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The technology of glass and ceramics - Hlavac J.

Hlavac J. The technology of glass and ceramics - Oxford, 1983. - 429 p.
Download (direct link): tehnologyofglass1983.djvu
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isometric shape improve fluidity which is, on the contrary, suppressed by
the formation of porous agglomerates. The flocculation degree is given by
the surface properties of particles, particularly those less than 1 צע in
size. Flocculation usually concerns the clay component of the casting
slip.
A satisfactory casting slip exhibits a low or almost zero yield point,
a high fluidity at low stress and a low water content. Clay casting slips
usually belong to the group of anomalous liquids showing little
difference from a Newtonian liquid (Fig. 155).
For practical purposes, casting slips are often characterized by so-
called apparent viscosity. This characteristic is defined for any point
on the rheological curve (Fig. 155) as a ratio of shear stress to the
deformation rate at the given point. The inadequacy of this
characteristic is demonstrated by Fig. 155: a dilatant and a
pseudoplastic mix have the same apparent viscosity at a stress
corresponding to the intersection of their rheological curves, despite
their quite diverse rheological behaviours. However, determination of
apparent viscosity may be useful, for example in routine qualitative
inspection*.
Thixotropy of casting slips is characterized by the time dependence of
both viscosity and yield point. This phenomenon is caused by reversible
sol-gel transition in the clay component, which can be afFccted by
mechanical means (stirring, vibration). The effect is much more distinct
with enamel slips than with ceramic casting slips. A more marked yield
point is required with the former, while ceramic casting suspensions are
usually characterized by a pseudoplastic rheological behaviour without a
distinct yield point.
Rheological properties of casting slips are controlled by small
additions of suitable electrolytes which promote deflocculation of
aggregates and thus cause a decrease in yield point and increase in
fluidity, which is desirable with respect to reduction of the required
water content (refer to the section on slip casting). The stability of
the suspension is also improved, i.e. the sedimentation of the solids is
suppressed.
Deflocculation, including its secondary effects, is a result of ion
exchange on the surface of clay particles. The efficacy of this colloid-
chemical adjustment is illustrated by the example reported by Norton
(1952): addition of NaOH solution to mono-disperse fraction of H + -
kaolinite prepared by dialysis gives rise to an (approximately) 200-fold
decrease in apparent viscosity, affected instantaneously in the region of
pH 5-6, where complete exchange of H+ ions for Na+ has taken place.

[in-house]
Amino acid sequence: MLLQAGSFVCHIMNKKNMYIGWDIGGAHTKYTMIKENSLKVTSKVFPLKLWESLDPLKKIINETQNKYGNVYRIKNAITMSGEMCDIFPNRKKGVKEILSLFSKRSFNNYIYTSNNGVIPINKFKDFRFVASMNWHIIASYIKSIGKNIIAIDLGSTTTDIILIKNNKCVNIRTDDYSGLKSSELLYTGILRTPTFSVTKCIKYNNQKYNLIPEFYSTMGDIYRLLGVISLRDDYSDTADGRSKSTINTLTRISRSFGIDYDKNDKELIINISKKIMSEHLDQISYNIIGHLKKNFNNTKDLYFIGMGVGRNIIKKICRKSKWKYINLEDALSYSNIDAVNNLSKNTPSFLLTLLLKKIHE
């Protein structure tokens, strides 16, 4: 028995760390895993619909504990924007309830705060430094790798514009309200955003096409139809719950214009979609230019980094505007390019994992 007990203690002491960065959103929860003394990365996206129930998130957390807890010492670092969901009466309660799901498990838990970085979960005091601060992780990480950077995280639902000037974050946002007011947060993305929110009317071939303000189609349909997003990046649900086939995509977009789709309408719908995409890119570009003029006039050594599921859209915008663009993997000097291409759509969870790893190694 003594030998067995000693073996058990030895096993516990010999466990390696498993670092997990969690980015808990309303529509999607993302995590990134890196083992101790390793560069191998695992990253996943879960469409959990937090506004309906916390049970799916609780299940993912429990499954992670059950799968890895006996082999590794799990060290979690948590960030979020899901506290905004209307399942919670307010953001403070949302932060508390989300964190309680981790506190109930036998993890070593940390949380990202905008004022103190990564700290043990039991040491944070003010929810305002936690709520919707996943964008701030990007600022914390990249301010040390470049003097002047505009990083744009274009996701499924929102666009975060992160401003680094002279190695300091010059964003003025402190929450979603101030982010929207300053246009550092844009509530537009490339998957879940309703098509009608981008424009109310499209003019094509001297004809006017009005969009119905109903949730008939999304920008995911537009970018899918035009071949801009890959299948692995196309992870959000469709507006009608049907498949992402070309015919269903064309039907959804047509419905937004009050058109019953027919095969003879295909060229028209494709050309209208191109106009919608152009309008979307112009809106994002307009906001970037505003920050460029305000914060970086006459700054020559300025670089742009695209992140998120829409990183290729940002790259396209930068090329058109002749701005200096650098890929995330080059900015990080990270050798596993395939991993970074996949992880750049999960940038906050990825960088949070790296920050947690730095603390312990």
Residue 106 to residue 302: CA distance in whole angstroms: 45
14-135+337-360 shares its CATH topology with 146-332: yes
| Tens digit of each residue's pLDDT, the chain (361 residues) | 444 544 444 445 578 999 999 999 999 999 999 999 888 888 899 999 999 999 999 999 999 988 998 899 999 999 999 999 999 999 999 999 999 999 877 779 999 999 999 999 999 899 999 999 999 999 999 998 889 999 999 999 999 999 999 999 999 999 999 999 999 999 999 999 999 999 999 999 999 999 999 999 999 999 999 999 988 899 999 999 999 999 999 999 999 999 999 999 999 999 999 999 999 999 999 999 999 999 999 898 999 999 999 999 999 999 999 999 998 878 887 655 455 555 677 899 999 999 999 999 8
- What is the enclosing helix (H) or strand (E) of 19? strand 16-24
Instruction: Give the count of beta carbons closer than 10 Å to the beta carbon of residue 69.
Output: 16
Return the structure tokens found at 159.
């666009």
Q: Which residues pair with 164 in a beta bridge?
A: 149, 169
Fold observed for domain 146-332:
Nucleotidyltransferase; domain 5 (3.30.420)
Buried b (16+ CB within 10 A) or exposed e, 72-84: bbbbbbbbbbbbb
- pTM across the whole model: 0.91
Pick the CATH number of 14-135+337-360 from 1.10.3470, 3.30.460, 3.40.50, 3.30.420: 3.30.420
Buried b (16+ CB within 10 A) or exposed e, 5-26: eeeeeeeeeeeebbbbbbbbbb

Deflocculation is therefore a significant technological adjustment of
the colloid--chemical nature of casting slips. The clay mineral crystals
have on their surface either positive or negative charges which are
neutralized by adsorbed ions of opposite charge. For example, particles
of natural kaolinite usually have their negative charges neutralized by
Ca+ and Mg+ ions; their aqueous suspension then coagulates into
* Apparent viscosity is usually measured by a capillary viscometer
calibrated with viscous oils; the pressure affecting the outflowing
liquid is variable within certain limits.
256
voluminous agglomerates containing water among freely located crystals.
Such a suspension behaves approximately as a Bingham body. Addition of an
alkali salt brings about ion exchange (e.g. Ca2+ ^2Na+). Exchange of Ca2+
for larger monovalent cations has the result that the surface electric
charge is compensated by
FIG. 159. Rheological behaviour of an aqueous suspension of the Sedlec
kaolin, peptized with various amounts of Na2C03 (Vycudilik, 1974).
a thick layer of hydrated Na + ions inhibiting mutual attraction of
particles to the range of coagulating forces. A stable suspension with a
low yield point, approximating the Newtonian liquid, is formed. The
change in rheological behaviour is illustrated by Fig. 159, which has
been obtained by measuring on a rotary viscometer with continuously
increasing or decreasing stress (indicated by arrows). The hysteresis
loops result from thixotropic behaviour which is suppressed with
increasing electrolyte content (designated by the numbers on the curves).
For higher Na2C03 contents, traces of dilatancy appear, these not being
detrimental in slip casting, because of the low deformation rates and
stresses involved.
FIG. 160. Apparent viscosity of a-AI203 aqueous suspension in terms of pH
(from Norton, 1952).
In practice, deflocculation is carricd out with salts containing
monovalent cations, e.g. NH4OH, Na2C03, NaAI02, Na2Si03 (water glass),
NaP03, etc. Advantageous properties are exhibited by substances whose
anion forms an insoluble product with Ca2+ or Mg2+ (e.g. Na2C03 ->
CaC03). In this way, the exchanged ions are precipitated from solution
and the exchange proceeds to a higher degree.
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